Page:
Aim to develop a safe and affordable vaccine in the near future
The International Vaccine Institute (IVI) has signed an agreement with US firm Inviragen to develop a vaccine for dengue fever, a mosquito-borne infection that causes severe flu-like symptoms.
The move follows Seoul, Korea-based IVI’s launch of the Dengue Vaccine Initiative (DVI) at the beginning of the year, in collaboration with the Sabin Vaccine Institute, the Johns Hopkins University, and the World Health Organization.
The DVI received a US$6.9m grant from the Bill & Melinda Gates Foundation and aims to accelerate the development of safe, affordable and broadly protective vaccines to combat dengue fever.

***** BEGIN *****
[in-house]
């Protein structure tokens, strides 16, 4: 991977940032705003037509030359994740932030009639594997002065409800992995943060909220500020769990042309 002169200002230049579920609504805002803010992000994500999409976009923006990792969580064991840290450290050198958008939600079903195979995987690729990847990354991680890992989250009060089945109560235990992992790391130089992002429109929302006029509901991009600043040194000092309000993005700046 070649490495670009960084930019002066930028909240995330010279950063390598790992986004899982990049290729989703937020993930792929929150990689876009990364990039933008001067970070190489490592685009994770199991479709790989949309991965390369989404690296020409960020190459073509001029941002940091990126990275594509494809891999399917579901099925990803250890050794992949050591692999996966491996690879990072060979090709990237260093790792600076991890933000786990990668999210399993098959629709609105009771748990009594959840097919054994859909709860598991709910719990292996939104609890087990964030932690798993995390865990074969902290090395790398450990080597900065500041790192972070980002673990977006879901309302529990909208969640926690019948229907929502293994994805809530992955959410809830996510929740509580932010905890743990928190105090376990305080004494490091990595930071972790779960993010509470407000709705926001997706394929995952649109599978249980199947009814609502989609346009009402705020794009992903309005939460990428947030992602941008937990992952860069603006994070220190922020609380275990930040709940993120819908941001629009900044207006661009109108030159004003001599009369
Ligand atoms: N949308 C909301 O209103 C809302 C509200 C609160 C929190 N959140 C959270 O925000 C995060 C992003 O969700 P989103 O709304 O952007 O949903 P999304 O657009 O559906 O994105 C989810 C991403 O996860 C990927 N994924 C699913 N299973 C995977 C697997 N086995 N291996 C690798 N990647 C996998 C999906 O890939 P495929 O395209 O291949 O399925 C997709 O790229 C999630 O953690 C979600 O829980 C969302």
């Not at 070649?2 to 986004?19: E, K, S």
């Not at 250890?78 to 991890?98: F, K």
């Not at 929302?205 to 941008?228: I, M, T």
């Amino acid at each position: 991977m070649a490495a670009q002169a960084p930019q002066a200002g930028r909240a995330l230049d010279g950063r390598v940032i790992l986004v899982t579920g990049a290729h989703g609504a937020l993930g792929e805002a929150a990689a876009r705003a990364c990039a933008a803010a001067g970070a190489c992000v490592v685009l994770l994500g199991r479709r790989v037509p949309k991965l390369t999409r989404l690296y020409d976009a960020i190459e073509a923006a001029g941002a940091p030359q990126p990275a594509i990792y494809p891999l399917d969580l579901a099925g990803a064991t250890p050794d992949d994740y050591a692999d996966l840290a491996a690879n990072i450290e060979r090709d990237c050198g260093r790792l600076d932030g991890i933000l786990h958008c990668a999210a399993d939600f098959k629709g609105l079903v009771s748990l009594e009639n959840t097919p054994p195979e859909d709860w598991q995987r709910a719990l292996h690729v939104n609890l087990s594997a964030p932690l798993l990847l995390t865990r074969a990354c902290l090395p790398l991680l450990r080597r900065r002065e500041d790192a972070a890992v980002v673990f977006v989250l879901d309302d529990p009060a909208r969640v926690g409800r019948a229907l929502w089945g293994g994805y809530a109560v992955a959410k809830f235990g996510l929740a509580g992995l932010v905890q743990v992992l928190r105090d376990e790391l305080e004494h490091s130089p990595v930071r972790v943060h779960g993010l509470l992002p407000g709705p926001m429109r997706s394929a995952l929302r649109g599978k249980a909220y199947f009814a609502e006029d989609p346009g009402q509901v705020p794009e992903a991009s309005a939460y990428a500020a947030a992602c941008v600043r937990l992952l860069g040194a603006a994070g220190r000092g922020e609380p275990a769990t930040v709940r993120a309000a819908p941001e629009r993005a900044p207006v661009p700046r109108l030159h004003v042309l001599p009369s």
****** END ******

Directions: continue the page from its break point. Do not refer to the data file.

At least 2.5 billion people, or two-fifths of the world’s population, are at risk of contracting dengue, while no specific treatment or reliable prevention method exists for the infection whose reach, already endemic in more than 120 countries, continues to grow, said IVI.
The IVI and Inviragen aim to develop and introduce ‘a safe, effective and affordable dengue vaccine in the near future’, said Luiz da Silva, director of DVI.
‘Dengue is not simply a public health threat but can have a catastrophic effect on the economic status of those living in poverty around the globe. The time is now to invest in the development of dengue vaccines,’ he said.
Dan Stinchcomb, chief executive of Inviragen, added: ‘Inviragen’s collaboration with the DVI will allow us to address issues of vaccine acceptance and distribution while we continue clinical testing of our tetravalent DENVax vaccine in dengue endemic countries.’
Inviragen is currently conducting two Phase 1 studies of DENVax.